I have always picked the teams I've moved into very strategically. I need to be in an area where I  am appreciated for who I am, like my current team. I can be my authentic self and I don’t have to  worry about hiding my culture and identity in the workplace. I am pleased to say that all the teams  that I've worked in thus far have allowed me to do that.  My hope for the future is that every other Black person that comes in is also allowed to be their  authentic self. After all, it is counterproductive to not be able to bring your best self to work. 

 

On Her Varied Role As A Business Risk Manager Within Global Liquidity and Cash Management, HSBC

The bank is split into different businesses and functions. We have Global Banking and Markets,  Commercial Banking, and Wealth and Personal Banking, plus Legal, Finance and many other  functions. I currently sit within Global Liquidity and Cash Management (GLCM), a Global Product  Line within Global Banking and Markets. We mainly provide liquidity and payment solutions to  corporations big and small. GLCM helps clients move and invest their cash and have visibility,  control and access to it. I sit in the Europe Chief Control Office (CCO).  Presently I look after six countries from a risk perspective. My team focuses on managing  operational and resilience risk which includes Financial Crime Risk (AML, sanctions, anti-bribery  and corruption), Regulatory Compliance Risk, Information and Cyber Risk. We ensure that GLCM  Europe is conducting business within the HSBC Group risk appetite and in line with HSBC  Conduct Pillars. 

 

Ayisat Alimi, ‎Manager, Chief Control Office · ‎HSBC Global Banking and Markets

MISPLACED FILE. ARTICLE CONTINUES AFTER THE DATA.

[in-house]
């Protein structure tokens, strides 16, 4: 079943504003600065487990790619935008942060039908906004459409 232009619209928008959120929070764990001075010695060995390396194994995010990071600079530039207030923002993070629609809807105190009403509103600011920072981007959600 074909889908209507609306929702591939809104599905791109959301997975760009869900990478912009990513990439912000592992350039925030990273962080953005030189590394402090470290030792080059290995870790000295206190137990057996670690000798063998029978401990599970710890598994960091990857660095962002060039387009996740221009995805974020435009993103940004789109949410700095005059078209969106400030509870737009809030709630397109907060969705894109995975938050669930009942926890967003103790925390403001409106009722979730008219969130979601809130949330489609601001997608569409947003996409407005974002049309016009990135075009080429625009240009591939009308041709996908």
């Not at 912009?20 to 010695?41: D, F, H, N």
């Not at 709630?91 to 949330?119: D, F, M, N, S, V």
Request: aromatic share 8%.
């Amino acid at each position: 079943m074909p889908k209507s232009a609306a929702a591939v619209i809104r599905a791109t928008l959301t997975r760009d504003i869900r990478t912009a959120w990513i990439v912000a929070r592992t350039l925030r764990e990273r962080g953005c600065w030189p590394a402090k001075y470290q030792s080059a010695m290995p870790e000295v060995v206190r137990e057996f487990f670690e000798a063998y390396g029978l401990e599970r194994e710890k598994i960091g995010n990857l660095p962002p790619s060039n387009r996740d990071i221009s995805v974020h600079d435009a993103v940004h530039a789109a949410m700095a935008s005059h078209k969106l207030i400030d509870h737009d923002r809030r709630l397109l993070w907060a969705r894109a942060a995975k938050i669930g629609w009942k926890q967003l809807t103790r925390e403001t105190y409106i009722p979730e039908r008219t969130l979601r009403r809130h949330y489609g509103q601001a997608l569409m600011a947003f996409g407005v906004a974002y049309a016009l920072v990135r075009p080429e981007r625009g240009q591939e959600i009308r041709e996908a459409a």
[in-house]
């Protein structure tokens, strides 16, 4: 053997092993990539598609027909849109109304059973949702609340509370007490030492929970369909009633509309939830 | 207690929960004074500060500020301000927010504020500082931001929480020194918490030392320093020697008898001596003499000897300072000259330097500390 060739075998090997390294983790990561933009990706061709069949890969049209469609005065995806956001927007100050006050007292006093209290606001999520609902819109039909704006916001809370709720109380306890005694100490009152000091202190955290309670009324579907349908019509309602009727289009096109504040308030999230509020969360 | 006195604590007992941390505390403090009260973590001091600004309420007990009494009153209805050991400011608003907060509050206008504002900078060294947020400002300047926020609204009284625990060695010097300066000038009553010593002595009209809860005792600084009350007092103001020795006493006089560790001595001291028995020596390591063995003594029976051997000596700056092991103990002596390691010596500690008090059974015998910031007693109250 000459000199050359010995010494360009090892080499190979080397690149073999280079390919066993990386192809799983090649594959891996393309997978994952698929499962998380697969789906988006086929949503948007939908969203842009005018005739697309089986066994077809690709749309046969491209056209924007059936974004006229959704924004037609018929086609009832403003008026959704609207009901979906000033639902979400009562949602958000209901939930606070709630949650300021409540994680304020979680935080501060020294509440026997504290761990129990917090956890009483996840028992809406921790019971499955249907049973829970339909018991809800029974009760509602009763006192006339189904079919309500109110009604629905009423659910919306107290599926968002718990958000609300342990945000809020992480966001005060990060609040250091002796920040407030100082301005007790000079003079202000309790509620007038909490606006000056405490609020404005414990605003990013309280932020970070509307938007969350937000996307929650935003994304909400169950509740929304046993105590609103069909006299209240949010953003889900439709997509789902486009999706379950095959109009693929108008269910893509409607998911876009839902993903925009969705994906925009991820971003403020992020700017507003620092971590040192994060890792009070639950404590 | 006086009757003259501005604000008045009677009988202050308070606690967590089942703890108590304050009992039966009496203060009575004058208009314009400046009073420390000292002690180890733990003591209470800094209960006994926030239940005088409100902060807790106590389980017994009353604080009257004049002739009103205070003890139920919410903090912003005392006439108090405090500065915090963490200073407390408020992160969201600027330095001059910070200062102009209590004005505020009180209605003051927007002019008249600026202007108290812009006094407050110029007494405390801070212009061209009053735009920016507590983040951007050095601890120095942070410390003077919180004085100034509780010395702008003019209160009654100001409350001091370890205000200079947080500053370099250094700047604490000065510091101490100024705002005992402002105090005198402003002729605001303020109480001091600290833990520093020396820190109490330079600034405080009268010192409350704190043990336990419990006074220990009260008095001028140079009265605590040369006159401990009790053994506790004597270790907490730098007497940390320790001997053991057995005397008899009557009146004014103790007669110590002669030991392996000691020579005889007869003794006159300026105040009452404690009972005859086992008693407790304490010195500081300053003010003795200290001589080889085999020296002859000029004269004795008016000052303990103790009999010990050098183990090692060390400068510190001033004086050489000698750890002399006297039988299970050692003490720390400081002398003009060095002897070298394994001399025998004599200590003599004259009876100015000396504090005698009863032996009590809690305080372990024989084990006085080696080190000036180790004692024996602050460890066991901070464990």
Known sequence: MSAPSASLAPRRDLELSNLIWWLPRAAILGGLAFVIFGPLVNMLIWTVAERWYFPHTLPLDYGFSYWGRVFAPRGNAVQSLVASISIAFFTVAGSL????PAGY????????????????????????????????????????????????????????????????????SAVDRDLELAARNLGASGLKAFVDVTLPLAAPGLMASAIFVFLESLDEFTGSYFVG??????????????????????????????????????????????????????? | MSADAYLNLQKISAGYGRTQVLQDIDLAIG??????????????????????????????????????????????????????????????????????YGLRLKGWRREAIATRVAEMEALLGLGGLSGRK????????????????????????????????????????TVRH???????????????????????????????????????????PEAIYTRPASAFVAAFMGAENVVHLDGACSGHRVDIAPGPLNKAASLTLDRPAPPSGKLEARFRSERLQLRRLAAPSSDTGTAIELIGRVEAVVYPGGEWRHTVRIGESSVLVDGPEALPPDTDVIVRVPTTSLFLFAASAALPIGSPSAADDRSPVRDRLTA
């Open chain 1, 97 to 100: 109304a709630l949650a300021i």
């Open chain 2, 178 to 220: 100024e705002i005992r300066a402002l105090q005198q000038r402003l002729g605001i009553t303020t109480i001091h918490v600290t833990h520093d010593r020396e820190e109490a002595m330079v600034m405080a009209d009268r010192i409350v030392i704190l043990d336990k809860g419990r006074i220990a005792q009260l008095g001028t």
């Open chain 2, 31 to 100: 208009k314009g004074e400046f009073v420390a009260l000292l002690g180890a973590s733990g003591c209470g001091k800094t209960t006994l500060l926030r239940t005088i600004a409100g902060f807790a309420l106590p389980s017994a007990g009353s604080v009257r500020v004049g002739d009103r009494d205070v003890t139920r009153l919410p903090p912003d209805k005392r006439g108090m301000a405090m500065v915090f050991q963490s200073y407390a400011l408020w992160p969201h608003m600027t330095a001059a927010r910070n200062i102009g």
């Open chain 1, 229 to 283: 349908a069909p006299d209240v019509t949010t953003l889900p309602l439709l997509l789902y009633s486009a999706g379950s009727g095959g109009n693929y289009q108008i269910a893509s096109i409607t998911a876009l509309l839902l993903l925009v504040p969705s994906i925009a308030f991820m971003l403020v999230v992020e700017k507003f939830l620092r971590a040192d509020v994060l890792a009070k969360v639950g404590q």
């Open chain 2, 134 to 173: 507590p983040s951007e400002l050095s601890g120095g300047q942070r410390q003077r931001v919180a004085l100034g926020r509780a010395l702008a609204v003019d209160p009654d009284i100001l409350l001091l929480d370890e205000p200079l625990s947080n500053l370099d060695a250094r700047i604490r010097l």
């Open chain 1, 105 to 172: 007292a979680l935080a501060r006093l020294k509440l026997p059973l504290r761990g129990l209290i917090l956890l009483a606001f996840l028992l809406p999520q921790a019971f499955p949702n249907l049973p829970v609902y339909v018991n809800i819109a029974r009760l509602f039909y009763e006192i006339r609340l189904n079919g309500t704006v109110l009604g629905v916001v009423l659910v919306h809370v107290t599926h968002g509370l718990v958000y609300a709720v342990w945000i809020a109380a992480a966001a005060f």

On The Fact That Less Than 1% of HSBC UK’s Senior Employees Are Black

I was pleased when HSBC published the data and provided a renewed commitment to improve  opportunities for Black colleagues and boost the diversity of its senior leadership.  Sadly, the number itself did not surprise me, HSBC isn't an anomaly. The statistics are consistent  across multiple industries and also our government and Civil Service. It hits you hard when you see it printed, however it is not something that we did not anticipate.  You don’t need to read a report to know that you are often the only Black face in the room. Whilst  it’s not surprising, it is still shocking. It brings the issues home.  We have made some strides in gender diversity but we still have miles to go when it comes to  racial diversity. There are more women and Asians now in senior positions and on boards than  ever before yet it is still not commonplace to see a Black person. 

Nevertheless, I prefer to think about what actions I can take to ensure Black people are afforded  equal opportunities in the workplace. To that effect, I am part of committees and employee  networks which engage Senior Leaders within the organisation to voice their views and the opinion from the ground with the purpose of driving change and influencing HSBC’s D&I ethnicity  agenda. Another initiative I am extremely proud to have been part of is the launch of the Embrace  mentoring programme, which provides colleagues with the opportunity to be mentored by senior  leaders who are committed to championing diversity and nurturing the wealth of diverse talent we  have in HSBC.